Mount Rushmore of NBA Players I’ve Been Able to Watch

I’ve seen all sorts of lists and rankings from every sport in an effort to save us from complete boredom during this pandemic. Mount Rushmore always seems to be an interesting topic of conversation, so I wanted to create my own Mount Rushmore of players I’ve personally had to the privilege of watching in my lifetime. To keep it simple, I’ll pick from players around from 2000 and on.

Lebron James

Just a kid from Akron. Lebron’s name could be heard uttered in school hallways even when I was just a little kid. My brother, who was four years older than me, knew everything there was to know about Lebron before he’d even step foot on an NBA floor. I immediately became a Lebron fan as he took the NBA by storm in his rookie season. I spent my 14th birthday in Cleveland and was able to watch Lebron hit a game-winning layup against the Wizards. That’s just my personal anecdote. I don’t feel like I necessarily need to explain why he’d be on Mount Rushmore as it’s pretty obvious.

Kobe Bryant

My very first organized (I wouldn’t necessarily consider it organized) basketball experience was with Upward Sports when I was in 1st grade. One thing I made sure of was that I was #8. Kobe is an all-time great in the basketball world. Growing up, I remember watching him win championships with Shaq and Pau. I remember my grandpa, always known for telling white lies, telling me that Kobe scored 81 points against the Raptors. I laughed and shrugged it off thinking it was just another joke. It wasn’t. It was Kobe being Kobe. His skills, mindset, and heart put him in a league of his own.

I always had a dislike for Kobe as an avid Lebron supporter and defender throughout high school and college. Where I grew up, there were two sides to the coin. Lebron or Kobe. You picked a side and spent most of your free time arguing over who was better. Regardless of your side, there was never any denying that both were legends.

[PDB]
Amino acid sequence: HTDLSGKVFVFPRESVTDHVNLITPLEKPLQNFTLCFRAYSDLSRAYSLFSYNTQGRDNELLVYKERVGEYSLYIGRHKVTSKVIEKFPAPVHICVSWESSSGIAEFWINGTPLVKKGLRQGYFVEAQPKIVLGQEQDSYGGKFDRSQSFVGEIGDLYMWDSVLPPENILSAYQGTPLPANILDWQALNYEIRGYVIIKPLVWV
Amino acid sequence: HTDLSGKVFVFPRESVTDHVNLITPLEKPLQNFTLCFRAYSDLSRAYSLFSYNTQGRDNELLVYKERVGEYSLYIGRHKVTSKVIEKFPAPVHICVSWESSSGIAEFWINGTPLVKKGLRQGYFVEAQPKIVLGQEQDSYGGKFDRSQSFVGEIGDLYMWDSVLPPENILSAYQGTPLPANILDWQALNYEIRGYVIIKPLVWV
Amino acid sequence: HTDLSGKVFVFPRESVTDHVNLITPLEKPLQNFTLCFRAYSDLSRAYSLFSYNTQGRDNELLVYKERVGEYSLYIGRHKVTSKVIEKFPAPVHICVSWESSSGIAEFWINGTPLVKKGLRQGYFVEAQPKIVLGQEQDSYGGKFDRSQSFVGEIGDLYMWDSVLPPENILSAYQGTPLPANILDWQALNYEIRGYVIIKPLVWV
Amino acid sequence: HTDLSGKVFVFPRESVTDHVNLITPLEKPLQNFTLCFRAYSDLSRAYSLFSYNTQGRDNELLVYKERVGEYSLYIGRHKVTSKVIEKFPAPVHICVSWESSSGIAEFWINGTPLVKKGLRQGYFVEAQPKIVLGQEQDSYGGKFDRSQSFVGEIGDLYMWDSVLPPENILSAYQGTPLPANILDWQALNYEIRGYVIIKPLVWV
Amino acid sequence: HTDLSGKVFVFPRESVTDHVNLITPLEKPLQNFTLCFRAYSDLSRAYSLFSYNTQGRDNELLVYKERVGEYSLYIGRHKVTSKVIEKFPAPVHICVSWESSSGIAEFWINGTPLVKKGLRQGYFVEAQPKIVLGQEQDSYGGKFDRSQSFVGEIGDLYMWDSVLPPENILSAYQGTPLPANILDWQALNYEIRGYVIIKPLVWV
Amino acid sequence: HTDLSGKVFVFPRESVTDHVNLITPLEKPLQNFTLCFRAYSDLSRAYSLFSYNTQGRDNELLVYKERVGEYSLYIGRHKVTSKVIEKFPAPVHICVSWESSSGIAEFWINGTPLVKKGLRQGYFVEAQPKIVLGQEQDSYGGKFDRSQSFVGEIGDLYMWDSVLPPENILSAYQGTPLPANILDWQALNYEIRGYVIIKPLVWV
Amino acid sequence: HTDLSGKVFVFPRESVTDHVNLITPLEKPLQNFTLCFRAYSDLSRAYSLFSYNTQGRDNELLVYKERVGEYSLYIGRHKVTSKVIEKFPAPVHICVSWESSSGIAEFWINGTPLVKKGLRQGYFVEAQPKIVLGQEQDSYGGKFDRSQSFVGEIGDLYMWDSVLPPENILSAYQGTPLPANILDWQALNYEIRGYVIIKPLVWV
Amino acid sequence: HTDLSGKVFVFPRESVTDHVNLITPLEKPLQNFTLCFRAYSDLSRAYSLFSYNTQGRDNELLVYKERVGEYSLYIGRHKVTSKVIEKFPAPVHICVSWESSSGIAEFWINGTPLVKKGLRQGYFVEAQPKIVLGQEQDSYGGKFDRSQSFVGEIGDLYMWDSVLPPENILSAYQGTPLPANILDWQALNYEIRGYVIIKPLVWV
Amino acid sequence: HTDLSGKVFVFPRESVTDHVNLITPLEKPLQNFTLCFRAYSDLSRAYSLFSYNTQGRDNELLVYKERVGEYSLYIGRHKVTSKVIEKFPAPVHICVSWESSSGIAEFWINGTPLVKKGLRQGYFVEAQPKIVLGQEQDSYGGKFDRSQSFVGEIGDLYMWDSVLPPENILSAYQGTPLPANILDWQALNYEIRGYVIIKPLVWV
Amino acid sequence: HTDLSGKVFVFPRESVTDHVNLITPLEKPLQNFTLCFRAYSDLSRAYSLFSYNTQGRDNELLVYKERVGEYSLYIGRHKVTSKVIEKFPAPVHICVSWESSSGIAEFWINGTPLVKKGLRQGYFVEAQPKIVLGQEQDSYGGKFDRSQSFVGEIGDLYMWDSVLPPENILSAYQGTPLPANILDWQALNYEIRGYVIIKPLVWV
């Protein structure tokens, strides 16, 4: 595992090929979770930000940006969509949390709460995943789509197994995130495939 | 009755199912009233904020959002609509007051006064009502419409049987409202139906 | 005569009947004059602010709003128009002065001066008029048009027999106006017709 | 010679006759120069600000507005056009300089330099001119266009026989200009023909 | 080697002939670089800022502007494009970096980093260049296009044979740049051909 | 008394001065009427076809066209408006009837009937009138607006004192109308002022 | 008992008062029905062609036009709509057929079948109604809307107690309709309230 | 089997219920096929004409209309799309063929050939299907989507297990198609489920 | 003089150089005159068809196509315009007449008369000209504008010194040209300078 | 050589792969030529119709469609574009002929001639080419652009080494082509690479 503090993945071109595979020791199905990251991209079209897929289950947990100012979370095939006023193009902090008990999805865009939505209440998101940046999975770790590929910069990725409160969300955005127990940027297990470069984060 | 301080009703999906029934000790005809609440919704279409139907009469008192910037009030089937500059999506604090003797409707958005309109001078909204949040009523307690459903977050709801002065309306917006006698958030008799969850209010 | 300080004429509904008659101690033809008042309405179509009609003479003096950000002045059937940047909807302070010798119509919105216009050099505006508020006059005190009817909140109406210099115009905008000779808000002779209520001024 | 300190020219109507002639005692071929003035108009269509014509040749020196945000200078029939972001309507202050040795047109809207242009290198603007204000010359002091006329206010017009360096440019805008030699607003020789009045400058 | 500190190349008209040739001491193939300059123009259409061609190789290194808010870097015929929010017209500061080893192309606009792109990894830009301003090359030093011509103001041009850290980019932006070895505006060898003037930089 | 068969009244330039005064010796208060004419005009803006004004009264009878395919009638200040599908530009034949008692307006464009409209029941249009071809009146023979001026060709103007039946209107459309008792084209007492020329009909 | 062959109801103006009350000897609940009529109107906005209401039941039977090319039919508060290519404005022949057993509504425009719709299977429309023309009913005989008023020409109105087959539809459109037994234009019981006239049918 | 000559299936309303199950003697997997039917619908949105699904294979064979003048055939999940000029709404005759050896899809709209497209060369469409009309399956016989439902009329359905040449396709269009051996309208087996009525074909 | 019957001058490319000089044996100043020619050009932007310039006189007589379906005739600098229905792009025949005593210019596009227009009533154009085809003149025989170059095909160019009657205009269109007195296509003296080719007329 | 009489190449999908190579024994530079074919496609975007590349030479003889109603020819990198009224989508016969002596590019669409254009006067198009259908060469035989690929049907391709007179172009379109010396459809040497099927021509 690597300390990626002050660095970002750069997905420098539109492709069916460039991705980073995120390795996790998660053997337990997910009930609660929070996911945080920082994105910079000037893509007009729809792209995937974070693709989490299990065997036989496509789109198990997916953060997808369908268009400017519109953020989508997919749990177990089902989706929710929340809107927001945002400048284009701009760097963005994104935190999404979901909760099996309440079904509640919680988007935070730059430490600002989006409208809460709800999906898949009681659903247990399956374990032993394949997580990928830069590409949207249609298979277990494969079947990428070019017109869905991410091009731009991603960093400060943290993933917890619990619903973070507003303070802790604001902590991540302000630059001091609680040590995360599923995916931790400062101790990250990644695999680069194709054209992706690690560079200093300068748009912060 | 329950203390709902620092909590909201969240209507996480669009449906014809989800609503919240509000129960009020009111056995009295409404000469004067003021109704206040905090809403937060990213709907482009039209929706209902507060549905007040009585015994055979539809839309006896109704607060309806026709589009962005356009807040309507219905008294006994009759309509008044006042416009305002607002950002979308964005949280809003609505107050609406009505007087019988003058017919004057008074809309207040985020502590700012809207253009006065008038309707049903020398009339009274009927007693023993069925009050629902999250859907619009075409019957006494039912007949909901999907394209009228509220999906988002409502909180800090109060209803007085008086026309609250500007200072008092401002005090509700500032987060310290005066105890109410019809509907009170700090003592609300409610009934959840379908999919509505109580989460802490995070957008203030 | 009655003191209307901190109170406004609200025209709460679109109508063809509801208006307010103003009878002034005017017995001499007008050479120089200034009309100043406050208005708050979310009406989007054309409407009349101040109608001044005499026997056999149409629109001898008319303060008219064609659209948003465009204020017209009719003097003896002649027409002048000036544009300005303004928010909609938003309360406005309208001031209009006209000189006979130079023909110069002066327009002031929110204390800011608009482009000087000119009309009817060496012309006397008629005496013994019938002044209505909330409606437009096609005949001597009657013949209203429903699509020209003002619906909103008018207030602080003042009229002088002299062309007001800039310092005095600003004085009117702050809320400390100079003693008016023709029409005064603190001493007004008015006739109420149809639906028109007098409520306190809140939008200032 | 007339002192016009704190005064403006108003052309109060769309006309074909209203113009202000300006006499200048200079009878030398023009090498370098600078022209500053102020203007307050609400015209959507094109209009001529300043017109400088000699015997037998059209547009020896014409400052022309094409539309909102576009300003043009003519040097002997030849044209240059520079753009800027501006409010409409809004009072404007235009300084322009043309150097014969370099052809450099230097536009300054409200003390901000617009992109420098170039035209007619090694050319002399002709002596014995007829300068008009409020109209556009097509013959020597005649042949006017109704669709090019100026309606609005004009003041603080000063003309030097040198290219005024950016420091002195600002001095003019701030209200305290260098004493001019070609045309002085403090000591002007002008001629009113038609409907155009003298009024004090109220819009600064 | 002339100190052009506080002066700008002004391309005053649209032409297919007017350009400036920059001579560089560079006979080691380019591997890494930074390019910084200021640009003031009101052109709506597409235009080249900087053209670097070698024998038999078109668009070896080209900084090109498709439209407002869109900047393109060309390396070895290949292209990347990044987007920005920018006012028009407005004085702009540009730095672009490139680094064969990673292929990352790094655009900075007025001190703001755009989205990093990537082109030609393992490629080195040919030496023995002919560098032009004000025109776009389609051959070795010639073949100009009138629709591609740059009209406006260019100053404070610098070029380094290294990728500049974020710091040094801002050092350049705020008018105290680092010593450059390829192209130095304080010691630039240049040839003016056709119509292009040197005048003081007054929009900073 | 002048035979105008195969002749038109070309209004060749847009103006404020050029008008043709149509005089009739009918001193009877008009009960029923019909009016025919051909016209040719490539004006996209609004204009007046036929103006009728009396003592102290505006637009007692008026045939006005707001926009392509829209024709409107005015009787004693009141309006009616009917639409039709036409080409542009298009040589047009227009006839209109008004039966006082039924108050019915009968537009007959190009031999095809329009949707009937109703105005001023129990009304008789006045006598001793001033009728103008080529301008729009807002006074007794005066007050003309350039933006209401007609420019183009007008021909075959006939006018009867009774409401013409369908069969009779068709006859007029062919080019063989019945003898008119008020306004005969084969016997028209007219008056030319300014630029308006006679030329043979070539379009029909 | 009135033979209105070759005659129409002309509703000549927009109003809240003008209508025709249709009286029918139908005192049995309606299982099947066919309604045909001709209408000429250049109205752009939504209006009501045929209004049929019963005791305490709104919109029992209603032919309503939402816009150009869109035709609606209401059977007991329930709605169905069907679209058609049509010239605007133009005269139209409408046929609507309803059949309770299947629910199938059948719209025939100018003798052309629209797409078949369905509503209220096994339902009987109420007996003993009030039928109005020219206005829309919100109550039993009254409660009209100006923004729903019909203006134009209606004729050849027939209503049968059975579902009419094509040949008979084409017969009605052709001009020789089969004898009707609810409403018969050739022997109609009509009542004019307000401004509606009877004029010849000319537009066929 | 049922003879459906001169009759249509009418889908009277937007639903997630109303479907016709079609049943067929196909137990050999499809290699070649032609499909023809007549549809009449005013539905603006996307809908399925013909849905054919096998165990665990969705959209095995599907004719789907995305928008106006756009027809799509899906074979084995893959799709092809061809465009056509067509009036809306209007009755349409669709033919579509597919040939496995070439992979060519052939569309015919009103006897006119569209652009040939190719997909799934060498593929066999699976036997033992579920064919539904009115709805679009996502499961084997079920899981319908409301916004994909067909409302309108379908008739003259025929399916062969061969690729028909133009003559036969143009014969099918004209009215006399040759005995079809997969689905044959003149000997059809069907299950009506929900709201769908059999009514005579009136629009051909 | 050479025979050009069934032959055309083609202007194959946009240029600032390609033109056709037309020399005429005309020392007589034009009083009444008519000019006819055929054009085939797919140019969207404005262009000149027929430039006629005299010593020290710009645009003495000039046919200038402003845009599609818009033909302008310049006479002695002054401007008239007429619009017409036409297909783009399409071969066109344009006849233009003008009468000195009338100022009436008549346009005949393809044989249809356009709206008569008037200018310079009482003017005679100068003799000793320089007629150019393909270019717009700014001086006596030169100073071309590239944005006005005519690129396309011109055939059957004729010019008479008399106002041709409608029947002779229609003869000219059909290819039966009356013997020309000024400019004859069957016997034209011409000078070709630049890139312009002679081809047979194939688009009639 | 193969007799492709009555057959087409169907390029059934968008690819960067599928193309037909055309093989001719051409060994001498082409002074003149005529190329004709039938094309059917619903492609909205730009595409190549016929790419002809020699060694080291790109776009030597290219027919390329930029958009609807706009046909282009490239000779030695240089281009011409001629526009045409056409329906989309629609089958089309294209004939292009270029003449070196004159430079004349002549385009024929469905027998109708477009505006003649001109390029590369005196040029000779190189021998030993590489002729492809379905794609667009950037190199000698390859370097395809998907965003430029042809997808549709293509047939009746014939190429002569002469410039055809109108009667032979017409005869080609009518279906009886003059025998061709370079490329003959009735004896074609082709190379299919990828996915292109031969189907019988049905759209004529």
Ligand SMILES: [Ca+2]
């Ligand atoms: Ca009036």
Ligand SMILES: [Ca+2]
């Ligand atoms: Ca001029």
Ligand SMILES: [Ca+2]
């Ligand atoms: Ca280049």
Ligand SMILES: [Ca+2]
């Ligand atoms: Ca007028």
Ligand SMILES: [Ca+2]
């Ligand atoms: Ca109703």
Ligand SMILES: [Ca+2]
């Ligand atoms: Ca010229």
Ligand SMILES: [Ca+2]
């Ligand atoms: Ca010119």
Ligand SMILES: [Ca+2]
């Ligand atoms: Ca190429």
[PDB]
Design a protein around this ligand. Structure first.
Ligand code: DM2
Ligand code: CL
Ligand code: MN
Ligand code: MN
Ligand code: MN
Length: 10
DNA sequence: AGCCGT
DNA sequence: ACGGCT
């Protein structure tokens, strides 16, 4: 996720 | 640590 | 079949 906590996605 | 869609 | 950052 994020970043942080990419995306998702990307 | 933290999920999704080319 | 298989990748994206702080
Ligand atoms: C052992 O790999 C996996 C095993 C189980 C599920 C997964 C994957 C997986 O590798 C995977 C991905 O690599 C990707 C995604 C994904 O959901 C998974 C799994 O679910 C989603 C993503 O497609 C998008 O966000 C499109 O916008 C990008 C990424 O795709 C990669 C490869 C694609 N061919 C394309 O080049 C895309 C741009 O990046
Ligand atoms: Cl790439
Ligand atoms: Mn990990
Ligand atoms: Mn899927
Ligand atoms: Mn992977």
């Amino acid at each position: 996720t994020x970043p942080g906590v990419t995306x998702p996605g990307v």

The old saying, “You never know what you have until it’s gone”, could not be more true. As many know, Kobe passed away on January 26 of this year. It still doesn’t feel as if it is a real thing. Kobe left behind a legacy of being one of the greatest players of all time. However, when he left the game of basketball, he didn’t stop building that legacy. He was more than just a basketball player. He was a father, a husband, a coach, a mentor, and much more. Rest in peace, Mamba.

Tim Duncan

Being a 4’13” Freshman in high school who weighed about a 95 pounds soaking wet, I had to rely on other things to even be competitive. One of those things is the fundamentals of the game. There was no one better at them than The Big Fundamental himself, Tim Duncan. Of course, his living was made in the post. During my childhood, the Spurs were always top of the league and that is largely because of Tim Duncan. Whether it was being a great rim protector or his silky smooth face-up mid-range bank shots, Timmy D always found a way to get it done. It was tough to decide between Shaq or Duncan. Duncan’s greatness oftentimes gets overlooked in these situations because his game wasn’t overly flashy. He was just consistent night in and night out on both ends of the floor. He did it with one team his entire career that never possessed the superstar sidekick that Shaq was granted in Kobe and Wade. Duncan, Tony Parker, and Manu were a trio that caused the NBA problems for a decade and much of that success comes on the back of Duncan. 15 All-Star appearances and a full hand worth of rings cement his face in my Mt. Rushmore.

Allen Iverson

This last spot was incredibly tough to fill. There are so many names that could be plugged and warranted. It all depends on preference. Shaq, Curry, Durant, Melo, KG, Wade, and so on… It’s tough to pick one, so I went with someone who started my love of basketball at a young age.

The fourth and final face is going to be none other than The Answer. Allen Iverson. Every kid growing up wanted the headband, the finger bands, and the ability to handle the rock like AI. With no sports on right now, I’d recommend hopping on YouTube and checking out some vintage AI highlights. The man was so incredibly fun to watch. His obvious knock against him was that he never got that elusive ring that everyone chases. However, he is arguably the pound for pound greatest to ever play the game. He will cap off the list!

Tougher Than It Looks

This list was a lot tougher than I thought. One and two were pretty darn easy, but three and four were difficult to place. Iverson will likely be the most controversial, but growing up as an undersized point guard, Iverson always held a special place in my heart. Let me know what your Mt. Rushmore looks like!

Thank you!

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